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In the construction of Whitehead manifold, a 3-manifold, open noncompact and contractible but not homeomorphic to $\mathbb R^3$, Whitehead used a set of nested tori. I can understand the construction in this way, but how to see the limit set is a Cantor set? What is the homeomorphism from the limit set to the standard Cantor set? and what is the Hausdorff dimension of this set?

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    $\begingroup$ I am not familiar with the construction itself, but a continuum is never a Cantor set. And in general, you show that something is a Cantor set not by finding an explicit homeomorphism to the standard Cantor set, but by showing that it is compact, totally disconnected, and perfect (i.e., has no isolated points). $\endgroup$ Commented Nov 26, 2013 at 15:32
  • $\begingroup$ Limit set obtained in the process is not Cantor. What made you think it is? $\endgroup$ Commented Nov 26, 2013 at 19:47
  • $\begingroup$ It is Whitehead continuum, not continuum. You can take a look at wiki's page en.wikipedia.org/wiki/Whitehead_manifold $\endgroup$
    – Sun
    Commented Nov 26, 2013 at 19:48
  • $\begingroup$ @studiosus, I think it is Cantor set times an interval. $\endgroup$
    – Sun
    Commented Nov 26, 2013 at 19:55
  • $\begingroup$ This limit set is connected, unlike product of Cantir set and the interval. $\endgroup$ Commented Nov 26, 2013 at 20:32

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As others said, the Whitehead continuum $W$ is a continuum: a compact connected set. (Relevant: Arbitrary intersection of closed, connected subsets of a compact space connected?) Hence, it's not homeomorphic to a Cantor set.

That said, the visual resemblance of $W$ to the Cantor set $C$ can be made precise: see the blog post On Whitehead-type manifolds by Conan Wu, where $W$ is glued from two copies of $C\times [0,1]$.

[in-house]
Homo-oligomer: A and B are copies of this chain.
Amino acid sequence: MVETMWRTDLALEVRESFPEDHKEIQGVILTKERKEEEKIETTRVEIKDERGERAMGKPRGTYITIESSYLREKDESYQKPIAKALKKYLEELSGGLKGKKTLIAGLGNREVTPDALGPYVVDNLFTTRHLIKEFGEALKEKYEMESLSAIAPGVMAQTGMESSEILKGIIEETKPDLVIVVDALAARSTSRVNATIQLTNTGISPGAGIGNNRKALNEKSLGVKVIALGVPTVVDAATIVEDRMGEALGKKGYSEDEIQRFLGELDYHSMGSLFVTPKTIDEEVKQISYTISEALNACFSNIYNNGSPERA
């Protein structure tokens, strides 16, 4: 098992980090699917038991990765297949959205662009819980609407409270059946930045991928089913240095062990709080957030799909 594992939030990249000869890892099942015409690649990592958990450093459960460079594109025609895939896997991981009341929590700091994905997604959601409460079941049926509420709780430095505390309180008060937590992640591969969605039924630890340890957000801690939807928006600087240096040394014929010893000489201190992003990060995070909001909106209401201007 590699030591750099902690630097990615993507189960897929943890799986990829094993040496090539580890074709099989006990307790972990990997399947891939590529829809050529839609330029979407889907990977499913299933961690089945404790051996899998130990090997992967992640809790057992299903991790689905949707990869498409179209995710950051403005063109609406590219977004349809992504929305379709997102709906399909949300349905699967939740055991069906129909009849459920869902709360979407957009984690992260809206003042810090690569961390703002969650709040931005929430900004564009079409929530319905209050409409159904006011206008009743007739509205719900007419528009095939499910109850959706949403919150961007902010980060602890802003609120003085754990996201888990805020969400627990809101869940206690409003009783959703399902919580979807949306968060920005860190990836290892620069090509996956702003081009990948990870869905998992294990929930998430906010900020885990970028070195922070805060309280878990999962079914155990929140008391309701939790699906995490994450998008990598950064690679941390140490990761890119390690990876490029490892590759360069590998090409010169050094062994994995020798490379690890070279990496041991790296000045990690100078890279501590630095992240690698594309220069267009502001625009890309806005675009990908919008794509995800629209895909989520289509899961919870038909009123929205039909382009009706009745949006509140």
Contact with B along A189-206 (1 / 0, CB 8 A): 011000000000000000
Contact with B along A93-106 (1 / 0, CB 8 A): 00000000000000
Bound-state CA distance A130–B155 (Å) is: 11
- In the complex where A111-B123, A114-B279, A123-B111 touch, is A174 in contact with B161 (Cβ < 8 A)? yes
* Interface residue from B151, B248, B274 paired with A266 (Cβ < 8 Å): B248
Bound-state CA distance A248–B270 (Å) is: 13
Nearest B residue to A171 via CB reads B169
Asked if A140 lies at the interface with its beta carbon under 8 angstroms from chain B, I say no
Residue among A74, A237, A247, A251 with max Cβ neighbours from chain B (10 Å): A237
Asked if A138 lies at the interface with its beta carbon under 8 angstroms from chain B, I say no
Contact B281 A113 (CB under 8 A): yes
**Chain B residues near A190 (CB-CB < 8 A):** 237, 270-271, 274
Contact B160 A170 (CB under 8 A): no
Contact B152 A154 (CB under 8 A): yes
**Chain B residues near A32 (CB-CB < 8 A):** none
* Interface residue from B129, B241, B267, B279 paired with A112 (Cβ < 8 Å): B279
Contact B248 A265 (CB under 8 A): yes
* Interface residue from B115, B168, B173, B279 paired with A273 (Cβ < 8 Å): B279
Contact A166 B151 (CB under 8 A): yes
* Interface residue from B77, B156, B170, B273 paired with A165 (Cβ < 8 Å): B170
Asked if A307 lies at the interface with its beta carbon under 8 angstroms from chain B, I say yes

what is the Hausdorff dimension of this set?

To ask this question, you have to give the set a metric first. There is no canonical metric on $W$; if it's considered as a subset of $\mathbb R^3$, it will surely have the induced metric, but the formation of this subset is subject to arbitrary choices (how thick are the tori? how are they positioned? how exactly is the linkage shaped?). If we follow Wu's construction using the standard $1/3$ Cantor set, the resulting set has Hausdorff dimension $1+\log 2/\log 3$, which is the Hausdorff dimension of $C\times [0,1]$. But $C$ could just as well be another Cantor-type set, with dimension anywhere between $0$ and $1$.

Another reason why the Hausdorff dimension of a topological space isn't a well-defined concept: if $d$ is a metric on $X$, then so is $\sqrt{d}$, and the Hausdorff dimension of $(X,\sqrt{d})$ is twice the Hausdorff dimension of $(X,d)$.

The topological dimension of $W$ is $1$, same as for $C\times [0,1]$ and for the same reason: there is a basis in which the boundaries of basis elements are totally disconnected.

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I saw at least two constructions of this Whitehead manifold.

Let me shorten solid torus into torus.

One presented in Gabai's course notes, where it is defined as the increasing union of tori $T_n$, with $T_n$ contained in $T_{n+1}$, each being immersed in the next one in the same knotted way.

The one on the Wikipedia page https://en.wikipedia.org/wiki/Whitehead_manifold (as of now) is as the complement in the 3-sphere $S^3$ of the intersection $K$ of decreasing nest of tori with $T_{n+1}$ contained in $T_n$ in the same knotted way as above (but note $n+1$ and $n$ have been permuted).

The two constructions give diffeomorphic manifolds.

Indeed recall the complement of a torus in $S^3$ is a torus. Passing to complements in $S^3$ in the first step $n=1$ in the first construction yields two tori as in the first step $n=1$ second construction. Same holds for other steps.

My opinion is that Sun was speaking of $K$.

There is much flexibility in the construction so even though the set $K$ has to be connected (and thus cannot be a Cantor set unlike, for instance, Antoine's Necklace), it may or may not have empty interior depending on choices, its fractal dimension could be anything $\geq 1$. One can arrange so that in most places (probably not all?) $K$ is locally a Cantor times an interval. One interesting approach is to try to do it with an IFS.

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